Ryan Bohl, a senior Middle East and North Africa analyst at the Risk Assistance Network + Exchange, said that this policy shift is not new.
It first occurred around 2014 with the shale oil wars, he said. As the United States started importing less from Saudi Arabia, the kingdom began redirecting its exports to other countries.
“This is who the US has been dealing with for a while, but now it's blatantly obvious. Saudi Arabia and the other Gulf Arab producers will be making choices that make sense for their economies, and that might not always work out in the West's favor,” said Bohl, but it does not mean that the GCC is leaving the United States to work more closely with the East, as some have characterized recent events.
“We’re really entering a multipolar world, which resembles the 19th century more than the Cold War blocks. This means that Saudi Arabia will deal with China as long as it’s an advantage. If geopolitical conditions change, they’ll move away from China and shift to India, back to the West or sub-Saharan Africa,” he told Al-Monitor, with an “every person for themselves" approach.
This international policy has extended to other markets, including finance and real estate, as a high influx of Russian investment poured into a welcoming Gulf region.
Rents hit historic highs in Dubai this year, and the Russia war is the driving force that’s fueling it, contributing to the country’s recent economic gains during a global downturn, reported The Associated Press last week.
Gulf countries, mainly the UAE and then Qatar, have been major recipients of Russian real estate investment along with Turkey, said Bohl, in addition to direct financial injections.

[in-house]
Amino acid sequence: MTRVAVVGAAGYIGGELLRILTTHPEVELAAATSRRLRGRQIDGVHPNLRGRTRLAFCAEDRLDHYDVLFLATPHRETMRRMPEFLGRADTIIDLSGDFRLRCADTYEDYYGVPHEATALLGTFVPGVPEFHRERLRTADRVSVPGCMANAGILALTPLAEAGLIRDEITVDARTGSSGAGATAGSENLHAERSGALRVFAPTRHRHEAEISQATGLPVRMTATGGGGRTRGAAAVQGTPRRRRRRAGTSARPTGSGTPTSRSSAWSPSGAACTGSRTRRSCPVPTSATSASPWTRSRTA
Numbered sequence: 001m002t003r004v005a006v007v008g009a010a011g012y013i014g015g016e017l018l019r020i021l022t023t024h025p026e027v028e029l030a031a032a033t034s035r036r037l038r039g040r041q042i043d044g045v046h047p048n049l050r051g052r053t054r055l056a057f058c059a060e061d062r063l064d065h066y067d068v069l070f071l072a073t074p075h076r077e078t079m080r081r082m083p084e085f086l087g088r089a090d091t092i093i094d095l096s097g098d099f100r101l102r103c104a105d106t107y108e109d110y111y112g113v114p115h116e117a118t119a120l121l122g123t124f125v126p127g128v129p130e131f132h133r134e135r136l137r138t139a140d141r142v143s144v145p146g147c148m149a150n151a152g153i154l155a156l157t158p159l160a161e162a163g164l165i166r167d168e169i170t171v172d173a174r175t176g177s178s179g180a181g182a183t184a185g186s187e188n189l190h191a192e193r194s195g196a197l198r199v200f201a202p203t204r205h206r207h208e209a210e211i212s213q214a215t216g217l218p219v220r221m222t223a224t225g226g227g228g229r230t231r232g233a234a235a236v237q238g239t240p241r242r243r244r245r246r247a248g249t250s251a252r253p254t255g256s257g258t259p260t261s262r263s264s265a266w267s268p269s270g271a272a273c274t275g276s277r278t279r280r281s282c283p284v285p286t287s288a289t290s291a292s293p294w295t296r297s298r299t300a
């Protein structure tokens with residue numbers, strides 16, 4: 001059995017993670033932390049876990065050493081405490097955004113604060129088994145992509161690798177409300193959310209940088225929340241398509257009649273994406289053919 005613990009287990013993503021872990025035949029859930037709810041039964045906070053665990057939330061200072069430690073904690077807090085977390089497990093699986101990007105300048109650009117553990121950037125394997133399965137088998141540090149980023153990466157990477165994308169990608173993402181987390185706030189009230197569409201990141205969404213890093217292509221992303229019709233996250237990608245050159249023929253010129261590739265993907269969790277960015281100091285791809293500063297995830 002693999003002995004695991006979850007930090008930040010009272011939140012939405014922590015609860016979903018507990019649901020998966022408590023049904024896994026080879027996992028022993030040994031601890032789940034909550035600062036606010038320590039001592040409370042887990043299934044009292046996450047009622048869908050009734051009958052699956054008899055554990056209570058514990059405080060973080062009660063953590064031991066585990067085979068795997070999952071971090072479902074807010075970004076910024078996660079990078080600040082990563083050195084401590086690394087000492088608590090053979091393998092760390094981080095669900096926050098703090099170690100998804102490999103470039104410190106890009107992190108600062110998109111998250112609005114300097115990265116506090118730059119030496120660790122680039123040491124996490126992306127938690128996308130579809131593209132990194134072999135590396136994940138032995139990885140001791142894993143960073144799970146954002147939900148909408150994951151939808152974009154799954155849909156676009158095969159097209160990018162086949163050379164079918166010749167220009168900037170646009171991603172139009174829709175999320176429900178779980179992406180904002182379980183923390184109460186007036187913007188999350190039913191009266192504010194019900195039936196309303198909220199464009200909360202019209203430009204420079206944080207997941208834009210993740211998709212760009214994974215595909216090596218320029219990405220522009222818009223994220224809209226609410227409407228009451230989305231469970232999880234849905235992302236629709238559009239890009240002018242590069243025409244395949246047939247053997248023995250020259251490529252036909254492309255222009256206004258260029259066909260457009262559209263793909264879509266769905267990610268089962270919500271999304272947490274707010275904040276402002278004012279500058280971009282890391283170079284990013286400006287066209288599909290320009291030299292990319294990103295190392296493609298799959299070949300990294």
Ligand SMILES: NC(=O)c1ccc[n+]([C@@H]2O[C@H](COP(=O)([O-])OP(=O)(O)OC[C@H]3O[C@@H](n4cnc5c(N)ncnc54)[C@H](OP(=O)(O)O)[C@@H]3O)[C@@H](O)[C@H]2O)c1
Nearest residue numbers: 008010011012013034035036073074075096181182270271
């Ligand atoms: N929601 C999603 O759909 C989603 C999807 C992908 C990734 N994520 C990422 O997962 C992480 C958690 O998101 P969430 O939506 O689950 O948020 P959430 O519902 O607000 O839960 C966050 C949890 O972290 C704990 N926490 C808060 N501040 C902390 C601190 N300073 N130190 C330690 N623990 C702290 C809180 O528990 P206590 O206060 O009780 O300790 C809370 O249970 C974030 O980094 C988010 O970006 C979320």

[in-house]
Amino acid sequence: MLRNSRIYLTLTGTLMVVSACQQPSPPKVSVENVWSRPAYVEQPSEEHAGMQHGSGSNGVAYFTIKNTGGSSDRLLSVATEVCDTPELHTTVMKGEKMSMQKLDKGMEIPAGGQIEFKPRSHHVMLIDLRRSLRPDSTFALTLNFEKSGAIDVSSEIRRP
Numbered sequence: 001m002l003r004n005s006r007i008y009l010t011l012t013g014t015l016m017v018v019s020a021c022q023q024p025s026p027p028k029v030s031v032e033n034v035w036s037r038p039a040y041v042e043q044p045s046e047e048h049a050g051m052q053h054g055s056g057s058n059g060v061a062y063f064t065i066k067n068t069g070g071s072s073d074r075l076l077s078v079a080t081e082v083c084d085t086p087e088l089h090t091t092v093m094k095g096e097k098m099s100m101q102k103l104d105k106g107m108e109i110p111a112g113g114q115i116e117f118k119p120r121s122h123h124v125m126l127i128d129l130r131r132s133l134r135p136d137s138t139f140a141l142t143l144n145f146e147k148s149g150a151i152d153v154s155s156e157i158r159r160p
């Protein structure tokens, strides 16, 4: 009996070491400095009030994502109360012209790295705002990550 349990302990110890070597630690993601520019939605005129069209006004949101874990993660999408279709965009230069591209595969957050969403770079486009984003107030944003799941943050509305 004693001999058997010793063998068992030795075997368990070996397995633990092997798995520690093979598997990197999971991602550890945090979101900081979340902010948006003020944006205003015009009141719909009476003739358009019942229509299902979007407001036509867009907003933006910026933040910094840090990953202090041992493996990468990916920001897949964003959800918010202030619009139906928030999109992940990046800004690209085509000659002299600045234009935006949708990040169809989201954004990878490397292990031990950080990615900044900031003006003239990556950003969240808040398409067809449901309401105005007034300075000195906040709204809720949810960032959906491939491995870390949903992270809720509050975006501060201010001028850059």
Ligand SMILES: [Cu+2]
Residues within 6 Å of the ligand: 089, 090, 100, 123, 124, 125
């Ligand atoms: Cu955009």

Last week, the UAE authorized a license for Russia’s MTS Bank, which is not beholden to Western sanctions and serves as an example of how the country has become a financial haven for Moscow, the Financial Times reported, and it’s raising concern amongst Western nations enacting these restrictions.
“It's legal, but it’s risky. It's part of the reason that I think that the Financial Action Task Force is grey-listing the UAE, because they are in this space where they're willing to skirt the line of sanctions without quite crossing it,” Bohl said, adding that the Gulf hub is seeing money transferred through buying gold, diamonds, cryptocurrency and real estate.
“The UAE is very clear about its neutrality — that it is politically tolerant of dissidents all over the world,” he added. But, he said, if there were a secondary set of sanctions enacted forcing countries like Turkey and the UAE to pick a side, that’s when you could see a flight of Russians out of these countries.
On Wednesday, the European Union called for a 10th package expanding sanctions on Russian exports worth more than $13.2 billion to deprive the country of critical technology and goods such as electronics, specialized vehicles and machine parts.
It also called to restrict the export of advanced military technology goods, including controls over 47 new electronic components that can be used in Russian weapon systems such as drones, missiles and helicopters.